Historians build links to an important historic past
Updated: 2015-06-09 06:24
By Chang Jun(China Daily USA)
Chinese railroad workers played a vital role in the 1860s construction and completion of the first transcontinental railway in the US. Their herculean efforts in helping to shape the physical and social landscape of the American West should always be remembered, and their heart-wrenching stories should be told and retold and passed on to future generations so that they are never forgotten.
On June 6, the research organization Chinese Railroad Workers in North America Project (CRRW) at Stanford University and the Chinese Historical Society of America (CHSA) jointly sponsored a seminar and exhibition entitled "The Chinese and the Iron Road: Building the Transcontinental" to commemorate the 150th anniversary of the introduction of Chinese workers to the first transcontinental railroad in America.
About 200 attendees — including the Chinese Consul General in San Francisco Luo Linquan; Richard Saller, professor in the School of Humanities and Sciences; and Gordon Chang, professor of history and director of the Center for East Asian Studies — shared their thoughts on the role Chinese railroad workers played in China-US history.
"These railway workers were pioneers not only in the history of Chinese immigration into the US, but also in the history of people-to-people exchanges between our two countries," said Luo. "The commemoration of Chinese railway workers is of great significance today as China and the US are enjoying a much closer relationship in all aspects."
Luo also praised the historic restoration and preservation efforts of the scholars at Stanford.
"This railroad research project will enhance mutual understanding between our two peoples, and help cement the China-US friendship," he said.
The history of the Chinese in the US from the 19th to early 20th centuries is a trans-national story that should be told from both the US and Chinese perspectives, said the organizers.
My personal knowledge of Chinese railroad laborers was enriched during a fact-seeking trip to Truckee three years ago. A two-hour drive from Sacramento, the small town impressed me deeply with its railway museum, which uses a caboose from the Southern Pacific Railroad to house storyboards, pictures and railroad artifacts and memorabilia depicting the creation and completion of the first transcontinental railroad in North America.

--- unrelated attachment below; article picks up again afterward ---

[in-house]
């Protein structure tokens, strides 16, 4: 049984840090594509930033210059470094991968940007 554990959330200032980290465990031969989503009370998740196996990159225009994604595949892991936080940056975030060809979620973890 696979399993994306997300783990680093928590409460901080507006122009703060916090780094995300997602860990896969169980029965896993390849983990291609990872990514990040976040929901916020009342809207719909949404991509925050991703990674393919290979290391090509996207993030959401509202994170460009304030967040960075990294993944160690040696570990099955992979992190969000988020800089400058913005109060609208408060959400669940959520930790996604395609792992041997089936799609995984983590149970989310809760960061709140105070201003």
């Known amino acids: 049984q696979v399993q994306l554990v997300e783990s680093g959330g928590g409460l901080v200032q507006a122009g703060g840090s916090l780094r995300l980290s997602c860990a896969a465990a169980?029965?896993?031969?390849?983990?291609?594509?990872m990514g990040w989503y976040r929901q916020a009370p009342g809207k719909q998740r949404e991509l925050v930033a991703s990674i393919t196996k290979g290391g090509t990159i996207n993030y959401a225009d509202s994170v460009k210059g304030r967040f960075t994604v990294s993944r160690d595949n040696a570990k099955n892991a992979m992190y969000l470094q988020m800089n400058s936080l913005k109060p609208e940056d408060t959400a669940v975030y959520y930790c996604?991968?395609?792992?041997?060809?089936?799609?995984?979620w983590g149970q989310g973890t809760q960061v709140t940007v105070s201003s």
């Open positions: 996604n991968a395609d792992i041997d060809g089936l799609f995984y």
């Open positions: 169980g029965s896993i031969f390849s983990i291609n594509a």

In the photographs on display, I spotted many familiar-looking faces among the Chinese laborers — those young Chinese men who came to the US in the 1860s and toiled at a grueling pace and under perilous conditions. They were forced to advance the railroad at least one mile a day. They worked as a team around the clock using hammers, chisels and black gunpowder to wind the tracks through the Sierra Mountains. They slept in snow-capped caves and filled their bellies with rotten potatoes and bread. They battled disease and discrimination thousands of miles from home.
Chinese railway workers earned the nickname of "masters" through their skills, dedication, teamwork, integrity and perseverance. Still their contributions to the railway were egregiously underappreciated and very little is known about these workers' lives and what happened to them after the construction ended.
Instead of being rewarded, Chinese immigrants were prosecuted under the Chinese Exclusion Act, which was signed by President Chester A. Arthur on May 6, 1882 and restricted immigration of laborers from China. The US Congress revisited the legislation five times between 1884 and 1904, imposing ever-tighter limits on Chinese immigration. The laws suspended immigration to the US from China and, for more than 60 years until its repeal in 1943, barred those already in the country from becoming citizens.
For years, a group of scholars at Stanford University has been working on the CRRW project in order to coordinate research in North America and Asia for the creation of an online digital archive to be made available to the public, including books, digital visualizations, conferences and public events.
Through CRRW's advocacy, the Society for Historical Archaeology recently published a special theme issue of its journal Historical Archaeology. Entitled The Archaeology of Chinese Railroad Workers in North America, it features 16 original articles, including never-before-published accounts of some of the earliest archaeological discoveries from Chinese work camp sites. The issue was developed through a Stanford University workshop in October 2013, sponsored and organized by the CRRW; the project's director of archaeology, Barbara L. Voss, served as guest editor.
It provides still another significant link with an important historic past.
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